§ Mr. Gill
asked the right hon. Baronet the Secretary of State for the Home Department, whether he had granted interviews to deputations from Bristol and Canterbury, having for their object certain complaints and representations in reference to the Poor-law Amendment Bill; and if so, whether he would state the grounds upon which he had refused to grant an interview to a deputation from the board of guardians of Plymouth, having a similar object?
§ Sir J. Graham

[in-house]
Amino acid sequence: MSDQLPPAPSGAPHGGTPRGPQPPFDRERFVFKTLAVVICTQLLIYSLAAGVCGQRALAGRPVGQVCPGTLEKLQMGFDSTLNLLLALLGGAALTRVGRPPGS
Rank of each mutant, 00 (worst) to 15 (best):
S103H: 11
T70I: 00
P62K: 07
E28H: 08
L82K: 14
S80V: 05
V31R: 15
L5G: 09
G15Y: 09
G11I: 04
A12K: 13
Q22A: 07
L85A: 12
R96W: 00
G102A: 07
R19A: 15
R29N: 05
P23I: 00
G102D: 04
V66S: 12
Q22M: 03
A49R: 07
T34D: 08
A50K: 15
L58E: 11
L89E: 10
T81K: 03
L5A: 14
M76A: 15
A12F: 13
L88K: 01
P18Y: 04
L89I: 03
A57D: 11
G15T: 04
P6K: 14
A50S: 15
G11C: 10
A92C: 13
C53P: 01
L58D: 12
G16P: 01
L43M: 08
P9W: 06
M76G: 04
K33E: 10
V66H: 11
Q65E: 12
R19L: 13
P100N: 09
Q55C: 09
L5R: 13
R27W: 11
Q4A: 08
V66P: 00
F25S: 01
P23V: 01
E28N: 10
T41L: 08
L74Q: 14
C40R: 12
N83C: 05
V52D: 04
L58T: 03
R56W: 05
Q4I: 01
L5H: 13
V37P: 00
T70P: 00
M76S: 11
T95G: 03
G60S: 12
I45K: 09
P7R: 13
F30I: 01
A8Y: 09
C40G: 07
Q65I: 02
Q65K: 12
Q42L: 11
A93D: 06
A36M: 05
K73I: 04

said, it was quite true that at the instance of the hon. Members for Bristol and Canterbury, he had had the honour of receiving deputations from those places upon a single point respecting the operation of a certain clause in the Poor-law Amendment Act, that clause having reference to the local acts which regulated the relief of the poor in those places. On the application of the hon. Member for Canterbury, it appeared to him that there was a misconception as to the operation of the clause; and he was very anxious to ascertain if he rightly understood the point at issue. On that ground, and on that only, had he consented to receive the deputations. With regard to the Plymouth deputation, he had had the advantage of a memorial from the town, setting forth all that they desired and thought material; and, in addition to that source of information, he had been honoured with a communication from the hon. Member himself, who, indeed, not satisfied with a verbal communication, had been so obliging as to put his views in writing. With regard to Plymouth, therefore, there could be no mistake whatever. He clearly understood what were the views 642 of those interested in the subject at that town; and with respect to another point on which the deputation desired information, namely, the relief of the casual poor landed at Plymouth from the Channel Islands—he felt that he was not able to give such satisfactory explanations on the matter as the Poor-law commissioners, and therefore he had referred them to those authorities for the information they desired. He would suggest to the hon. Gentleman, that it was absolutely necessary for him to exercise a discretion with respect to the receiving of deputations of this sort, and he would only further add his assurance that in what he had done he had been actuated by a sense of what was due to the public service, and, which he hoped he need scarcely say, by no want of respect to the hon. Gentleman opposite.